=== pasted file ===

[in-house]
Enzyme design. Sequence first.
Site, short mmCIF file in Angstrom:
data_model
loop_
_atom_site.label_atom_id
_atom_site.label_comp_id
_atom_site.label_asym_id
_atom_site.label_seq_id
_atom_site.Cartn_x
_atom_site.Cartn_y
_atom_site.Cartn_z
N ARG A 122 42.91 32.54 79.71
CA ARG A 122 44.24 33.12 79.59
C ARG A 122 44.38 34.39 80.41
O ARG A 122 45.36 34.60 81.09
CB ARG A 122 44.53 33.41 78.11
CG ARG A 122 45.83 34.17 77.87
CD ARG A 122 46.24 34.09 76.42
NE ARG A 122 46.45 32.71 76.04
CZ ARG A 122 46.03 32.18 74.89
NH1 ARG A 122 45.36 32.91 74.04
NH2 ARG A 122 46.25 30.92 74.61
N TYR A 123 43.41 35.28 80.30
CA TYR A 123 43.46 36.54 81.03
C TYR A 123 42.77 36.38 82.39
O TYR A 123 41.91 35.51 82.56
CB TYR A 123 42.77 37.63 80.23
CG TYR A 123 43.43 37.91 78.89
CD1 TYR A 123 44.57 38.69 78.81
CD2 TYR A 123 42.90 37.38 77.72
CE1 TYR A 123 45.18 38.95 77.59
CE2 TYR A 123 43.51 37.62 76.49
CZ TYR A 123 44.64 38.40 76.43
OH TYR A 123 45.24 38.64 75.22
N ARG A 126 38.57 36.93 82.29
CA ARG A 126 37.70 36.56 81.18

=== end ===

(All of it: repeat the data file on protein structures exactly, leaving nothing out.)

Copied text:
[in-house]
Enzyme design. Sequence first.
Site, short mmCIF file in Angstrom:
data_model
loop_
_atom_site.label_atom_id
_atom_site.label_comp_id
_atom_site.label_asym_id
_atom_site.label_seq_id
_atom_site.Cartn_x
_atom_site.Cartn_y
_atom_site.Cartn_z
N ARG A 122 42.91 32.54 79.71
CA ARG A 122 44.24 33.12 79.59
C ARG A 122 44.38 34.39 80.41
O ARG A 122 45.36 34.60 81.09
CB ARG A 122 44.53 33.41 78.11
CG ARG A 122 45.83 34.17 77.87
CD ARG A 122 46.24 34.09 76.42
NE ARG A 122 46.45 32.71 76.04
CZ ARG A 122 46.03 32.18 74.89
NH1 ARG A 122 45.36 32.91 74.04
NH2 ARG A 122 46.25 30.92 74.61
N TYR A 123 43.41 35.28 80.30
CA TYR A 123 43.46 36.54 81.03
C TYR A 123 42.77 36.38 82.39
O TYR A 123 41.91 35.51 82.56
CB TYR A 123 42.77 37.63 80.23
CG TYR A 123 43.43 37.91 78.89
CD1 TYR A 123 44.57 38.69 78.81
CD2 TYR A 123 42.90 37.38 77.72
CE1 TYR A 123 45.18 38.95 77.59
CE2 TYR A 123 43.51 37.62 76.49
CZ TYR A 123 44.64 38.40 76.43
OH TYR A 123 45.24 38.64 75.22
N ARG A 126 38.57 36.93 82.29
CA ARG A 126 37.70 36.56 81.18